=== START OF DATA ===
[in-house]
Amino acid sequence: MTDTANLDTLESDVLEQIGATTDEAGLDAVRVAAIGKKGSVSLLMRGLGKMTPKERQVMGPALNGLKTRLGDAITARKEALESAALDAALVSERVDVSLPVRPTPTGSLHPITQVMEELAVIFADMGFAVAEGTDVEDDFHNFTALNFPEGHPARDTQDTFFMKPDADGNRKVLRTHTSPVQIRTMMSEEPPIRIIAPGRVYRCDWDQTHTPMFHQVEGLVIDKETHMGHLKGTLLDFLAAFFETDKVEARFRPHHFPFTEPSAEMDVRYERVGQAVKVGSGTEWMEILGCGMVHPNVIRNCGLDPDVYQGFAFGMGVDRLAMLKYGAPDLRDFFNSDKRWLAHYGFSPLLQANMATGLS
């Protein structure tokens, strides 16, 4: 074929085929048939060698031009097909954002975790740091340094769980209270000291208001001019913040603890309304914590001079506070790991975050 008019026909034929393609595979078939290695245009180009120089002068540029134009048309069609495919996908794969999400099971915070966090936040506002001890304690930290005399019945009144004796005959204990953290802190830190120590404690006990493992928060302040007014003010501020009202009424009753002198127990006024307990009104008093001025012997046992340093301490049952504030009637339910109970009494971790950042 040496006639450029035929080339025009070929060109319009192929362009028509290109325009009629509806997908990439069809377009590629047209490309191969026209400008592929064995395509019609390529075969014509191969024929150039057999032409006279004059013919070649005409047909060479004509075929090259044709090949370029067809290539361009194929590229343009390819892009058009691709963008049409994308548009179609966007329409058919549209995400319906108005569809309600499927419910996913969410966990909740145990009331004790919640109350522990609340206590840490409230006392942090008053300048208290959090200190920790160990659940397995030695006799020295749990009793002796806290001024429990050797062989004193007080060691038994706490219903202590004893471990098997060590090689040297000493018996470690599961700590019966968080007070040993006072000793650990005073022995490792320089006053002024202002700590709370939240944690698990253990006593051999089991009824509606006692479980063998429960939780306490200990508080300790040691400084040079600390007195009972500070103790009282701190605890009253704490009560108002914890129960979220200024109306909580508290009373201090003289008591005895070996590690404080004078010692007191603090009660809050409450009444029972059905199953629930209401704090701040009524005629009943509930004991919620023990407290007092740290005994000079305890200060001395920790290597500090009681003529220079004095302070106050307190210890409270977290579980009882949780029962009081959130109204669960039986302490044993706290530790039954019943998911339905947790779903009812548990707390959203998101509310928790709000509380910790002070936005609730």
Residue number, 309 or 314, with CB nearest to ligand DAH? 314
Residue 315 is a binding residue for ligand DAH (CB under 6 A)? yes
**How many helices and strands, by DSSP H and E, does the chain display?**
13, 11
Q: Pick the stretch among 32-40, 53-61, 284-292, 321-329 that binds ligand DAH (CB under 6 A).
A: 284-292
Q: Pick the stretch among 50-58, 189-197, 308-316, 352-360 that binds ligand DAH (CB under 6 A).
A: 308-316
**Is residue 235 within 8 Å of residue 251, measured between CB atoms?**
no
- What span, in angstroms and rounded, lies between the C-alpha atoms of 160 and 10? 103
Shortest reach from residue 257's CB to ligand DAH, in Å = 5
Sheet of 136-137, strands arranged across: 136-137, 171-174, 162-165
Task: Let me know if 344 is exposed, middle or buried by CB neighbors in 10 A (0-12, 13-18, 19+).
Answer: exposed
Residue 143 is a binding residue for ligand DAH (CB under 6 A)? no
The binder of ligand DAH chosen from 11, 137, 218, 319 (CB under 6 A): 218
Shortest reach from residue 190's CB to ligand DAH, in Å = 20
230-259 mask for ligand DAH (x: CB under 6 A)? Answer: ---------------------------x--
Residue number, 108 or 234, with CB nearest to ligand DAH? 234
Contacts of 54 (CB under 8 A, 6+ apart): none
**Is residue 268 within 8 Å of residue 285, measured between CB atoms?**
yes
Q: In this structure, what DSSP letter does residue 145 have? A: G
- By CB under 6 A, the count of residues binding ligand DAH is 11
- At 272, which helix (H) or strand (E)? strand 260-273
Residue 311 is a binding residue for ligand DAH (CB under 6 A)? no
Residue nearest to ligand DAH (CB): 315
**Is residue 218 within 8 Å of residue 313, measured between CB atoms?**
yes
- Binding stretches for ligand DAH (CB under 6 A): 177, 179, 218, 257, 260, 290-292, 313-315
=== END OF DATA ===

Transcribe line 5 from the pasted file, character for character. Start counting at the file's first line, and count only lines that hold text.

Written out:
Residue 315 is a binding residue for ligand DAH (CB under 6 A)? yes